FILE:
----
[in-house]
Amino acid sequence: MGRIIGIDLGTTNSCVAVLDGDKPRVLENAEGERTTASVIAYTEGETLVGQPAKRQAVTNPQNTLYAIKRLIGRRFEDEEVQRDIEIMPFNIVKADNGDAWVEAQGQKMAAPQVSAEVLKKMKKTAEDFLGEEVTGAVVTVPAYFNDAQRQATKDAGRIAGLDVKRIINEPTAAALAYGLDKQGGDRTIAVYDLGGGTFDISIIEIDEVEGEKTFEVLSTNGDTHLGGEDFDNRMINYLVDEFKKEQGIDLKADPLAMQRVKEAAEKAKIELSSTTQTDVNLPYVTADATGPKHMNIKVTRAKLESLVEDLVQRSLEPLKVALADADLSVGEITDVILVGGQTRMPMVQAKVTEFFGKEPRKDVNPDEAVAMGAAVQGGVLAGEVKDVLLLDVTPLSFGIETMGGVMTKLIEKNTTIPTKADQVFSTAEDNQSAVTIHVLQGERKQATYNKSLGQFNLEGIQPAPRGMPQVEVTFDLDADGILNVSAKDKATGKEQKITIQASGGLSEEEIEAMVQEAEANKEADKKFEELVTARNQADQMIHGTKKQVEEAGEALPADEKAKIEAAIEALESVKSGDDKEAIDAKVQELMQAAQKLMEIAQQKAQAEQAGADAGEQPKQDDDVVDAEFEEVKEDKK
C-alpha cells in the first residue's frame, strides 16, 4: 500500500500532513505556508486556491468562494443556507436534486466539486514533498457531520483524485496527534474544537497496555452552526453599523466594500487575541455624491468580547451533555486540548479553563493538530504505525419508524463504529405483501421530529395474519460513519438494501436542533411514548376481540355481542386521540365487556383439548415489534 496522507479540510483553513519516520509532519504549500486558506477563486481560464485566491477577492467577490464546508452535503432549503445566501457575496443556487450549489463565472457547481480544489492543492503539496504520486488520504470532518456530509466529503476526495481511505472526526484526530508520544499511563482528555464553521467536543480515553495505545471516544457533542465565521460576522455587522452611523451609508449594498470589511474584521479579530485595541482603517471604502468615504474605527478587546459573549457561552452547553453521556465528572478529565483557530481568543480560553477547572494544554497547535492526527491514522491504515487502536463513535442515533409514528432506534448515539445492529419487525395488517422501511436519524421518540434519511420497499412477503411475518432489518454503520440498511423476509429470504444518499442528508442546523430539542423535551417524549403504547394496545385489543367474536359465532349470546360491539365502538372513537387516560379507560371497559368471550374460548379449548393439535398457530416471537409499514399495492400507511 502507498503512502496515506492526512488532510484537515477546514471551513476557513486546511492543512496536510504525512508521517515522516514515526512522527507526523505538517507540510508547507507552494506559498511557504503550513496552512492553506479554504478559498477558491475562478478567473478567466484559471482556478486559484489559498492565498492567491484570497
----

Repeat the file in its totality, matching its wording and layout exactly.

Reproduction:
[in-house]
Amino acid sequence: MGRIIGIDLGTTNSCVAVLDGDKPRVLENAEGERTTASVIAYTEGETLVGQPAKRQAVTNPQNTLYAIKRLIGRRFEDEEVQRDIEIMPFNIVKADNGDAWVEAQGQKMAAPQVSAEVLKKMKKTAEDFLGEEVTGAVVTVPAYFNDAQRQATKDAGRIAGLDVKRIINEPTAAALAYGLDKQGGDRTIAVYDLGGGTFDISIIEIDEVEGEKTFEVLSTNGDTHLGGEDFDNRMINYLVDEFKKEQGIDLKADPLAMQRVKEAAEKAKIELSSTTQTDVNLPYVTADATGPKHMNIKVTRAKLESLVEDLVQRSLEPLKVALADADLSVGEITDVILVGGQTRMPMVQAKVTEFFGKEPRKDVNPDEAVAMGAAVQGGVLAGEVKDVLLLDVTPLSFGIETMGGVMTKLIEKNTTIPTKADQVFSTAEDNQSAVTIHVLQGERKQATYNKSLGQFNLEGIQPAPRGMPQVEVTFDLDADGILNVSAKDKATGKEQKITIQASGGLSEEEIEAMVQEAEANKEADKKFEELVTARNQADQMIHGTKKQVEEAGEALPADEKAKIEAAIEALESVKSGDDKEAIDAKVQELMQAAQKLMEIAQQKAQAEQAGADAGEQPKQDDDVVDAEFEEVKEDKK
C-alpha cells in the first residue's frame, strides 16, 4: 500500500500532513505556508486556491468562494443556507436534486466539486514533498457531520483524485496527534474544537497496555452552526453599523466594500487575541455624491468580547451533555486540548479553563493538530504505525419508524463504529405483501421530529395474519460513519438494501436542533411514548376481540355481542386521540365487556383439548415489534 496522507479540510483553513519516520509532519504549500486558506477563486481560464485566491477577492467577490464546508452535503432549503445566501457575496443556487450549489463565472457547481480544489492543492503539496504520486488520504470532518456530509466529503476526495481511505472526526484526530508520544499511563482528555464553521467536543480515553495505545471516544457533542465565521460576522455587522452611523451609508449594498470589511474584521479579530485595541482603517471604502468615504474605527478587546459573549457561552452547553453521556465528572478529565483557530481568543480560553477547572494544554497547535492526527491514522491504515487502536463513535442515533409514528432506534448515539445492529419487525395488517422501511436519524421518540434519511420497499412477503411475518432489518454503520440498511423476509429470504444518499442528508442546523430539542423535551417524549403504547394496545385489543367474536359465532349470546360491539365502538372513537387516560379507560371497559368471550374460548379449548393439535398457530416471537409499514399495492400507511 502507498503512502496515506492526512488532510484537515477546514471551513476557513486546511492543512496536510504525512508521517515522516514515526512522527507526523505538517507540510508547507507552494506559498511557504503550513496552512492553506479554504478559498477558491475562478478567473478567466484559471482556478486559484489559498492565498492567491484570497